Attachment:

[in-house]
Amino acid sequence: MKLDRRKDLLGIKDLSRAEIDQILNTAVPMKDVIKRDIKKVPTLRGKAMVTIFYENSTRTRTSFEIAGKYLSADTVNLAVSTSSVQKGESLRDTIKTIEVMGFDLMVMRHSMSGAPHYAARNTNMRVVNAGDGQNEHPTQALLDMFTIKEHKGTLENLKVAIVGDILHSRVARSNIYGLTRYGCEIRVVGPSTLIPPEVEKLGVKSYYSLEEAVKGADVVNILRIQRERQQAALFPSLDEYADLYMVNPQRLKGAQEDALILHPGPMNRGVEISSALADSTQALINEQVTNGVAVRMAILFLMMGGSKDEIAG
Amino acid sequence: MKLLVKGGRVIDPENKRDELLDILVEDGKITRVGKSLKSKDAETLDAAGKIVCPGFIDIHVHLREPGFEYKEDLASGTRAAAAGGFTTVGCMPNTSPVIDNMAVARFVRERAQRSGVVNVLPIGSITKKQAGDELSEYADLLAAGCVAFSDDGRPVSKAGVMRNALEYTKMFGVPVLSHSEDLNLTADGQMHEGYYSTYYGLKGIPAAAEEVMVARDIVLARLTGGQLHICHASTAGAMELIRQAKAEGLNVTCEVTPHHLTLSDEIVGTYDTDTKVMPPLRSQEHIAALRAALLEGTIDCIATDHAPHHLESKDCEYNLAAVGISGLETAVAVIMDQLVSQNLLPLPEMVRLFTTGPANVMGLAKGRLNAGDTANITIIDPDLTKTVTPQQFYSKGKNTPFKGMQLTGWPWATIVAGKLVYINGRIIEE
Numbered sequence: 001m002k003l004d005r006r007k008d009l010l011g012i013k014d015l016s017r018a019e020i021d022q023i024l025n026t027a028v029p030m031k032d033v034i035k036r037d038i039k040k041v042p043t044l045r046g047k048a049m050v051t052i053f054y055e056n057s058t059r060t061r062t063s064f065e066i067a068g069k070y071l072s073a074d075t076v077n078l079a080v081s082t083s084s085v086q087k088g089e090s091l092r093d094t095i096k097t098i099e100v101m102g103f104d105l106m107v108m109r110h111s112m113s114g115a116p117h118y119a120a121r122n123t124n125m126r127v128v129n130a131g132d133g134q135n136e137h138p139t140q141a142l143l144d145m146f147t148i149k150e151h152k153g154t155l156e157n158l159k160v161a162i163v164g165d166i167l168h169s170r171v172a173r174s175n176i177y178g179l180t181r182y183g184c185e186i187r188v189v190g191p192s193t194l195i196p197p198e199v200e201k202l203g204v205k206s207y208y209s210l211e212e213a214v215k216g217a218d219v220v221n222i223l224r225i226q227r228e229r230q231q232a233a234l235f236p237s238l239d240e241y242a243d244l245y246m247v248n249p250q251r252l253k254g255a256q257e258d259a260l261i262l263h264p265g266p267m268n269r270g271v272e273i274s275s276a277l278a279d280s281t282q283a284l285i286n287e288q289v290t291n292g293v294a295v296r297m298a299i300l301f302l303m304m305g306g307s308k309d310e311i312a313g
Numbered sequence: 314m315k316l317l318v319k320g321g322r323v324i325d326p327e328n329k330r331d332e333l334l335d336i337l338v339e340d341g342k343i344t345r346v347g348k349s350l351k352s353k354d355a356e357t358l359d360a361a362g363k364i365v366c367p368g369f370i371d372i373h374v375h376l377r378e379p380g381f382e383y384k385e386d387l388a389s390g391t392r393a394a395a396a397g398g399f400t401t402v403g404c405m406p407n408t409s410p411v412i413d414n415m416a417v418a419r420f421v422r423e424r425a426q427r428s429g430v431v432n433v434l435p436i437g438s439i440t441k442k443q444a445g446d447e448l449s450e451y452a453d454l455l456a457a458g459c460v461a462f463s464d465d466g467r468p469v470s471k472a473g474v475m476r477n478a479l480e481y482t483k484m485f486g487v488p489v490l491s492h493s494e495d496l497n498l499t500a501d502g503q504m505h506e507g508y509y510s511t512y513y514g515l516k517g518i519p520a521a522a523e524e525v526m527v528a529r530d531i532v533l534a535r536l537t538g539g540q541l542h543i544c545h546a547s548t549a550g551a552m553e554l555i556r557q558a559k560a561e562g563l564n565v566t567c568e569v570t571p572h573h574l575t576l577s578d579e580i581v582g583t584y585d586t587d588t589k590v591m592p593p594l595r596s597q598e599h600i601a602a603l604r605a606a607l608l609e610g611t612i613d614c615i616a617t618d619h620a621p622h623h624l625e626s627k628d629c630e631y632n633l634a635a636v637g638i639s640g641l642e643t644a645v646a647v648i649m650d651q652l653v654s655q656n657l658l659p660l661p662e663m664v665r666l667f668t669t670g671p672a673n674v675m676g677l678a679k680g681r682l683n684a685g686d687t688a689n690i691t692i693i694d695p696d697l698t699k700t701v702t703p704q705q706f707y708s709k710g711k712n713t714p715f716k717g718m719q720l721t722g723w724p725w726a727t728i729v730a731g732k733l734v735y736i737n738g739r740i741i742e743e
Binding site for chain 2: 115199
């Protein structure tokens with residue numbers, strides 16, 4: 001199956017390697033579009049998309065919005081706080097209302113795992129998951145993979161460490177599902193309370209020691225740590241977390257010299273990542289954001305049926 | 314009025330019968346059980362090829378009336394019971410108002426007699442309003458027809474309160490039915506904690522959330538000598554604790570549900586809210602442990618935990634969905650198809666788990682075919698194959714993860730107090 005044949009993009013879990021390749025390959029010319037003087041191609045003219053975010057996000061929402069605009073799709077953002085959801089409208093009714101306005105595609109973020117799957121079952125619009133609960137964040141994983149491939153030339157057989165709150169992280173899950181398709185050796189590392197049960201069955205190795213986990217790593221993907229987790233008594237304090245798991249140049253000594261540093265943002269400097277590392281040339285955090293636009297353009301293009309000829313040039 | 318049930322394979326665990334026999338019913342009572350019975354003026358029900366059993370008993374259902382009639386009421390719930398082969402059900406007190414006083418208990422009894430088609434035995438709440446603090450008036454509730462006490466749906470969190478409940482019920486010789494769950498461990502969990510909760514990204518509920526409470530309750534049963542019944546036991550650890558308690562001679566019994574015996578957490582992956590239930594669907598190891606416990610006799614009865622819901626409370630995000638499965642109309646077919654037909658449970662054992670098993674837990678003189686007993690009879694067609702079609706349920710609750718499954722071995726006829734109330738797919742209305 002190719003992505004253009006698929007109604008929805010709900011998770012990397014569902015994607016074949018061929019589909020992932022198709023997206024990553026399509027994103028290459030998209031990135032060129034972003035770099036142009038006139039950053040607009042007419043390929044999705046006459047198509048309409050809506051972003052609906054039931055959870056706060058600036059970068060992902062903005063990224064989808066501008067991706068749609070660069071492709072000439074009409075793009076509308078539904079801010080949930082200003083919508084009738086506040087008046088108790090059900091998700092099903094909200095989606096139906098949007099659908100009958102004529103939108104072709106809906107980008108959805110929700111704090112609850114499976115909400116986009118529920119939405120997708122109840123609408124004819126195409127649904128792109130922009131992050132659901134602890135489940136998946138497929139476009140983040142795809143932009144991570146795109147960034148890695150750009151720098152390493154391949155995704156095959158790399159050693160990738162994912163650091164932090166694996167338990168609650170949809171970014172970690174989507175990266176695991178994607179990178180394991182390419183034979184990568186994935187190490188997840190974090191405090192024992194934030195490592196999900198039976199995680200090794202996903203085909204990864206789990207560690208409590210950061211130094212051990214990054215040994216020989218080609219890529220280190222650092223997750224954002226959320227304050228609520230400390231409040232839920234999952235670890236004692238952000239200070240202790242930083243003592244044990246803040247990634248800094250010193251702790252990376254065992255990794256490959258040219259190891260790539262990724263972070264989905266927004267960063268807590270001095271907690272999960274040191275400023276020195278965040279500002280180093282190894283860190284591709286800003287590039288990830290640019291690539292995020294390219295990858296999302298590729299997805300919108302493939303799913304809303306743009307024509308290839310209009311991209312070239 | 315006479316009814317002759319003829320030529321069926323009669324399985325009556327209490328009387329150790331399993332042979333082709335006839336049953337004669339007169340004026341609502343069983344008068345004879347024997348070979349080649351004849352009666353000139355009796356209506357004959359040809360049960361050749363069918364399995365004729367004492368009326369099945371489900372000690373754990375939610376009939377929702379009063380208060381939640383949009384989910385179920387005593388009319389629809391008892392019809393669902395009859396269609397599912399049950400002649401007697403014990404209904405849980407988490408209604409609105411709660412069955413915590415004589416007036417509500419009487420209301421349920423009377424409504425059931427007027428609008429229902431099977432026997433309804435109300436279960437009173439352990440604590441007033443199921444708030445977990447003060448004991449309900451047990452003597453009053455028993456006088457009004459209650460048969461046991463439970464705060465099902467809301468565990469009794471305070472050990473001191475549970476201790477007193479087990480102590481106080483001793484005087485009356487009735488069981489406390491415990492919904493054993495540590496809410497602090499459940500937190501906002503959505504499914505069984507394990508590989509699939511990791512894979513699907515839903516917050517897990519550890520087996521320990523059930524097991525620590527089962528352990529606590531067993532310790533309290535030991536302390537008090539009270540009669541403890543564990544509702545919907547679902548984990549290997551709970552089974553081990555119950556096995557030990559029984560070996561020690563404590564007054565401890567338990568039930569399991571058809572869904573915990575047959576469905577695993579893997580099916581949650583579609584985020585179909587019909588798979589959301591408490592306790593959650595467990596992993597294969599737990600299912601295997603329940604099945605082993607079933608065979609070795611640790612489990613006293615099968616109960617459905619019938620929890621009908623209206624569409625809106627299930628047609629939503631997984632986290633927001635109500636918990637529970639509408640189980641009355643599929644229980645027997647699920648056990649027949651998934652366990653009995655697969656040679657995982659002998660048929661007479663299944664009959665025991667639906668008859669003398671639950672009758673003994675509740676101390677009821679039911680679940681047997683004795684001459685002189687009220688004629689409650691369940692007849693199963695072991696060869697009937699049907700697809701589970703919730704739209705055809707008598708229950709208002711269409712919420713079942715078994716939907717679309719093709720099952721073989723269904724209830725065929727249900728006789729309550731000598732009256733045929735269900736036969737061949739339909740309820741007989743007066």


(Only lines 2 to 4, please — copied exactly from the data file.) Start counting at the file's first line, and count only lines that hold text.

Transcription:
Amino acid sequence: MKLDRRKDLLGIKDLSRAEIDQILNTAVPMKDVIKRDIKKVPTLRGKAMVTIFYENSTRTRTSFEIAGKYLSADTVNLAVSTSSVQKGESLRDTIKTIEVMGFDLMVMRHSMSGAPHYAARNTNMRVVNAGDGQNEHPTQALLDMFTIKEHKGTLENLKVAIVGDILHSRVARSNIYGLTRYGCEIRVVGPSTLIPPEVEKLGVKSYYSLEEAVKGADVVNILRIQRERQQAALFPSLDEYADLYMVNPQRLKGAQEDALILHPGPMNRGVEISSALADSTQALINEQVTNGVAVRMAILFLMMGGSKDEIAG
Amino acid sequence: MKLLVKGGRVIDPENKRDELLDILVEDGKITRVGKSLKSKDAETLDAAGKIVCPGFIDIHVHLREPGFEYKEDLASGTRAAAAGGFTTVGCMPNTSPVIDNMAVARFVRERAQRSGVVNVLPIGSITKKQAGDELSEYADLLAAGCVAFSDDGRPVSKAGVMRNALEYTKMFGVPVLSHSEDLNLTADGQMHEGYYSTYYGLKGIPAAAEEVMVARDIVLARLTGGQLHICHASTAGAMELIRQAKAEGLNVTCEVTPHHLTLSDEIVGTYDTDTKVMPPLRSQEHIAALRAALLEGTIDCIATDHAPHHLESKDCEYNLAAVGISGLETAVAVIMDQLVSQNLLPLPEMVRLFTTGPANVMGLAKGRLNAGDTANITIIDPDLTKTVTPQQFYSKGKNTPFKGMQLTGWPWATIVAGKLVYINGRIIEE
Numbered sequence: 001m002k003l004d005r006r007k008d009l010l011g012i013k014d015l016s017r018a019e020i021d022q023i024l025n026t027a028v029p030m031k032d033v034i035k036r037d038i039k040k041v042p043t044l045r046g047k048a049m050v051t052i053f054y055e056n057s058t059r060t061r062t063s064f065e066i067a068g069k070y071l072s073a074d075t076v077n078l079a080v081s082t083s084s085v086q087k088g089e090s091l092r093d094t095i096k097t098i099e100v101m102g103f104d105l106m107v108m109r110h111s112m113s114g115a116p117h118y119a120a121r122n123t124n125m126r127v128v129n130a131g132d133g134q135n136e137h138p139t140q141a142l143l144d145m146f147t148i149k150e151h152k153g154t155l156e157n158l159k160v161a162i163v164g165d166i167l168h169s170r171v172a173r174s175n176i177y178g179l180t181r182y183g184c185e186i187r188v189v190g191p192s193t194l195i196p197p198e199v200e201k202l203g204v205k206s207y208y209s210l211e212e213a214v215k216g217a218d219v220v221n222i223l224r225i226q227r228e229r230q231q232a233a234l235f236p237s238l239d240e241y242a243d244l245y246m247v248n249p250q251r252l253k254g255a256q257e258d259a260l261i262l263h264p265g266p267m268n269r270g271v272e273i274s275s276a277l278a279d280s281t282q283a284l285i286n287e288q289v290t291n292g293v294a295v296r297m298a299i300l301f302l303m304m305g306g307s308k309d310e311i312a313g